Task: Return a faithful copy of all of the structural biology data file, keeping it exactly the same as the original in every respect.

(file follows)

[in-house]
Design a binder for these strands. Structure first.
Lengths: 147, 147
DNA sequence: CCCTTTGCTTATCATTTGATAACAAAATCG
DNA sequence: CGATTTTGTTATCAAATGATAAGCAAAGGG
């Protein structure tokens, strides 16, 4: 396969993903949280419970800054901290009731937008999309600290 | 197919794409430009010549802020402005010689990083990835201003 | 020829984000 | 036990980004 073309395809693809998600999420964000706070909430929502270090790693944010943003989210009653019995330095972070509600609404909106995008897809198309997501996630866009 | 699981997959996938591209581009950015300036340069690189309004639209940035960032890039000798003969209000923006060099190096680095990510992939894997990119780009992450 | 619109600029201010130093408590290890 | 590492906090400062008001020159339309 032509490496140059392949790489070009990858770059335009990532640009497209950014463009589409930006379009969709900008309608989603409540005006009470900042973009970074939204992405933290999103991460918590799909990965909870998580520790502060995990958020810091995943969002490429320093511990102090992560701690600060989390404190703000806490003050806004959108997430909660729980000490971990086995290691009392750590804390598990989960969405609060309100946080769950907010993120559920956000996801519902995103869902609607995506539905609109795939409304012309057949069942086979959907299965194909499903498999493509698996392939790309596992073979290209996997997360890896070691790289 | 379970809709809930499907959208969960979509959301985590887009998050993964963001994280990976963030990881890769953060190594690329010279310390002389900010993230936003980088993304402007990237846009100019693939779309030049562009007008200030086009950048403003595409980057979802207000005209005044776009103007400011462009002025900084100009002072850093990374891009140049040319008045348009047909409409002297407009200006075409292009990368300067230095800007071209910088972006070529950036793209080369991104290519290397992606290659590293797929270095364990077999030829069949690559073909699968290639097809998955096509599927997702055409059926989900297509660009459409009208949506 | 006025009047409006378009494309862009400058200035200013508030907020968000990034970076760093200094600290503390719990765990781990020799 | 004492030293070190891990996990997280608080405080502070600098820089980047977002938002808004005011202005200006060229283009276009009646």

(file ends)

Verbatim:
[in-house]
Design a binder for these strands. Structure first.
Lengths: 147, 147
DNA sequence: CCCTTTGCTTATCATTTGATAACAAAATCG
DNA sequence: CGATTTTGTTATCAAATGATAAGCAAAGGG
């Protein structure tokens, strides 16, 4: 396969993903949280419970800054901290009731937008999309600290 | 197919794409430009010549802020402005010689990083990835201003 | 020829984000 | 036990980004 073309395809693809998600999420964000706070909430929502270090790693944010943003989210009653019995330095972070509600609404909106995008897809198309997501996630866009 | 699981997959996938591209581009950015300036340069690189309004639209940035960032890039000798003969209000923006060099190096680095990510992939894997990119780009992450 | 619109600029201010130093408590290890 | 590492906090400062008001020159339309 032509490496140059392949790489070009990858770059335009990532640009497209950014463009589409930006379009969709900008309608989603409540005006009470900042973009970074939204992405933290999103991460918590799909990965909870998580520790502060995990958020810091995943969002490429320093511990102090992560701690600060989390404190703000806490003050806004959108997430909660729980000490971990086995290691009392750590804390598990989960969405609060309100946080769950907010993120559920956000996801519902995103869902609607995506539905609109795939409304012309057949069942086979959907299965194909499903498999493509698996392939790309596992073979290209996997997360890896070691790289 | 379970809709809930499907959208969960979509959301985590887009998050993964963001994280990976963030990881890769953060190594690329010279310390002389900010993230936003980088993304402007990237846009100019693939779309030049562009007008200030086009950048403003595409980057979802207000005209005044776009103007400011462009002025900084100009002072850093990374891009140049040319008045348009047909409409002297407009200006075409292009990368300067230095800007071209910088972006070529950036793209080369991104290519290397992606290659590293797929270095364990077999030829069949690559073909699968290639097809998955096509599927997702055409059926989900297509660009459409009208949506 | 006025009047409006378009494309862009400058200035200013508030907020968000990034970076760093200094600290503390719990765990781990020799 | 004492030293070190891990996990997280608080405080502070600098820089980047977002938002808004005011202005200006060229283009276009009646």